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Alaska Steamship Company - 1941 Schedule

Alaska Steamship Company - 1941 Schedule     I love going on Alaska cruises, but long before I sailed on my first cruise ship, I loved the history of cruising. In the late 1990s, I started collecting Alaska and British Columbia cruise brochures, and they give wonderful glimpses into what possibilities were available to people with some extra money for vacations.

    This brochure was published by the Alaska Steamship Company in 1940 for their 1941 season. It is 16 pages, 8 x 9 inches in size. It has photos of the 7 ships being operated by the line, 9 maps of the sea and land-excursion routes available, as well as pricing and other pertinent information. A hi-resolution copy of the entire brochure (pdf, 93MB) can be viewed at or downloaded from our public Dropbox folder.

    Among the interesting information that makes these cruises very different than today's is the paragraph describing possible surprises along the way:

On the many Alaska cruises and cruise-tours outlined in this folder, you will probably be treated to the extra pleasure of visits to "Surprise Ports." These are isolated ports not listed in the regular itineraries, usually salmon canneries, located on the mountain-backed shores of secluded fjords in the midst of the virgin wilderness. To enjoy your visits to Alaska's "Surprise Ports" to the utmost, plan to spend your time there hiking along the shore or in the mountains or fishing in nearby streams or lakes. While THE ALASKA LINE steamer is loading or unloading cargo, make the most of this "surprise" opportunity to dip a little deeper into Alaska's great storehouse of scenic beauty. Fishing enthusiasts are advised to bring along their tackle, and others should include a pair of heavy-soled shoes for hiking excursions. You have the added advantage of visiting "Surprise Ports" when you travel via the Alaska Steamship Company because it serves all Alaska - its commerce as well as its travelers.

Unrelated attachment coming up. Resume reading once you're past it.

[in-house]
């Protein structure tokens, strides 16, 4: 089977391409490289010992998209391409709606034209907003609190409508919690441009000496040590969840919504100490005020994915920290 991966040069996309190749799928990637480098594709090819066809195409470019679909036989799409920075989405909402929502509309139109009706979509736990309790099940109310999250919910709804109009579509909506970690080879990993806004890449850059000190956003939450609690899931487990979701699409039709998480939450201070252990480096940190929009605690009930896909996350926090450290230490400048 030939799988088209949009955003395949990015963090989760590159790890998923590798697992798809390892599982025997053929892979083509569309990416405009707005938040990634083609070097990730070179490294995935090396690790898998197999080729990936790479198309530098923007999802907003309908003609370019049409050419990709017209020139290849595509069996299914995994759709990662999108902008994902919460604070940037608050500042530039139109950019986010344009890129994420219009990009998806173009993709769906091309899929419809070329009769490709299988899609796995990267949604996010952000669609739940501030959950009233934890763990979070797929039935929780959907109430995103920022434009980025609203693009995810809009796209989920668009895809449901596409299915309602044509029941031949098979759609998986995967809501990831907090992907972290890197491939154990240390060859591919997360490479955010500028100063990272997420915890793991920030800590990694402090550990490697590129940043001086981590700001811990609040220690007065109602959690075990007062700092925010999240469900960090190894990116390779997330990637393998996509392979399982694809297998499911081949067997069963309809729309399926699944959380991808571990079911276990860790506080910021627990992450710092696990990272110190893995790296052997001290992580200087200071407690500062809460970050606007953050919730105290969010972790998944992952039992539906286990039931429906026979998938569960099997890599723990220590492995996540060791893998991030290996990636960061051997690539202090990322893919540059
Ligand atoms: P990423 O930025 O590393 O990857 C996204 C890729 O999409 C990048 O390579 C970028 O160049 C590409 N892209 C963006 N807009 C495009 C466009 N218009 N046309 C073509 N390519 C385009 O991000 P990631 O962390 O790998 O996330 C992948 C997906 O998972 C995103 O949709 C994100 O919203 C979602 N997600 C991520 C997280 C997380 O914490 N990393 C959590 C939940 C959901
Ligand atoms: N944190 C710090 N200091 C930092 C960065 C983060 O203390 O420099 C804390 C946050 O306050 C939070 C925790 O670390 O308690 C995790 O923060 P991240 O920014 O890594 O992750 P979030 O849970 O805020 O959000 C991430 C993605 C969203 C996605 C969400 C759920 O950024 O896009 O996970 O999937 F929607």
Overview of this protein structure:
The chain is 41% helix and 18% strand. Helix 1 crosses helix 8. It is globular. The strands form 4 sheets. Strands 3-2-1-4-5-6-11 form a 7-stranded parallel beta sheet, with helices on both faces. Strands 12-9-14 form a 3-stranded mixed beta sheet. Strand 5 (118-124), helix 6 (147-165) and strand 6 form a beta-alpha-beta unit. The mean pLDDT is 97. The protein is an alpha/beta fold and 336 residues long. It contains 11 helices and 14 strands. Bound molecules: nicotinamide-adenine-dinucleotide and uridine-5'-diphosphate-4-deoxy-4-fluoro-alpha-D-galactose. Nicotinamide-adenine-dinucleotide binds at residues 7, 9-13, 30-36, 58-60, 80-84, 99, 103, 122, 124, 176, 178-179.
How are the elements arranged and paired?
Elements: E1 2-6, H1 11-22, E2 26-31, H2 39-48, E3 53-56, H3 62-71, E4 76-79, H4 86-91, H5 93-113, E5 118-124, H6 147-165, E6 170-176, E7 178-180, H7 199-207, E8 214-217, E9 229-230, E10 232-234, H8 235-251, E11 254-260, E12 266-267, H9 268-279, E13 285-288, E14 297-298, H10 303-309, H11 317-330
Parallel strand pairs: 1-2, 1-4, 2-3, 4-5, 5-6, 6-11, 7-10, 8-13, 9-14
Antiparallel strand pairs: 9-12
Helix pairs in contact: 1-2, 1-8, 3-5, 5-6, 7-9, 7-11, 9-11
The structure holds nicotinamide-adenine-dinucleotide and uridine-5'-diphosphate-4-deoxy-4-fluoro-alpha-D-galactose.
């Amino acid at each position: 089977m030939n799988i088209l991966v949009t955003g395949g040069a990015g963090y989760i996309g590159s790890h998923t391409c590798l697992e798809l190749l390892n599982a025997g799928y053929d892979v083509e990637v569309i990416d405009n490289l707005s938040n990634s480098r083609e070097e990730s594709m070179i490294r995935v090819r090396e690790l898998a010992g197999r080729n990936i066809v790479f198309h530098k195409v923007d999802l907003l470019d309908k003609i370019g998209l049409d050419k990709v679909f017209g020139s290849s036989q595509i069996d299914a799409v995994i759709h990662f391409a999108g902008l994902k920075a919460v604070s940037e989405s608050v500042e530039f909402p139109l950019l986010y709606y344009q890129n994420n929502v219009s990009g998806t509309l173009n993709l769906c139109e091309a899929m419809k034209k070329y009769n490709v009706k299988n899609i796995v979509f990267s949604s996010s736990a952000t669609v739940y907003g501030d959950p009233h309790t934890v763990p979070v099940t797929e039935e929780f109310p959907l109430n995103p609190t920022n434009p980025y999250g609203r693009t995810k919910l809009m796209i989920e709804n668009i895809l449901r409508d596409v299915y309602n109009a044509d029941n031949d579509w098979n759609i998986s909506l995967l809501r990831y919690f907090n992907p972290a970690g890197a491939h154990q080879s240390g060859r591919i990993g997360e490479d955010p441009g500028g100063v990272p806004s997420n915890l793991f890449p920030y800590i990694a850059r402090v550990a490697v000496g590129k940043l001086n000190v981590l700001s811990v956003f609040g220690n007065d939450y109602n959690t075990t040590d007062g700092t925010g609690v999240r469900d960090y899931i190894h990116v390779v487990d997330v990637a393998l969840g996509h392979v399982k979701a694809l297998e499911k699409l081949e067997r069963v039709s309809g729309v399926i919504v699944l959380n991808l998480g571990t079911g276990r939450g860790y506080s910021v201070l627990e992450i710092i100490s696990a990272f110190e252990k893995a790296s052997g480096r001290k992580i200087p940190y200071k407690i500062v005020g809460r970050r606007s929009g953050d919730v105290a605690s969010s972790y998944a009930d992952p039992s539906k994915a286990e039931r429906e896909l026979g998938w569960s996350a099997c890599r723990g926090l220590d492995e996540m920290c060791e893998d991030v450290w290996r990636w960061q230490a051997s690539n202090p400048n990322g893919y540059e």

As you can see on the map below, there were several options for routing, as well as for multi-day land excursions by boat, rail and/or air through the Yukon and Alaska. The fares, too, provide some interesting facts. One-way fares from Seattle to Skagway in a first-class cabin, as an example, were $57.50 per person, but men only could get steerage accommodation between those ports for $30. For first-class cabins with a bath, fares were noted as being 25-40% higher.

    One of the most deluxe excursions was a 12-day round trip from Seattle to Fairbanks and back, by steamer to Juneau, Pacific Alaska Airways to Fairbanks, Alaska Railroad to Seward, and steamer back to Seattle, all for $228.50 per person. The longest trip offered was a 33-day, 5,200-mile one for $279.20, sailing upstream on the Yukon River - downstream was 4 days shorter and due to the much lower cost for fuel, $21.00 cheaper. The Yukon River trips included a sailing on the sternwheeler Tutshi from Carcross to the head of West Taku Arm for a 2-hour visit at the former Partridge family homestead called Ben-My-Chree.

Map of Alaska Steamship Company routes in 1941, and the 7 ships operated by the line

 Alaska Steamship Company hotel and meal rates for 1941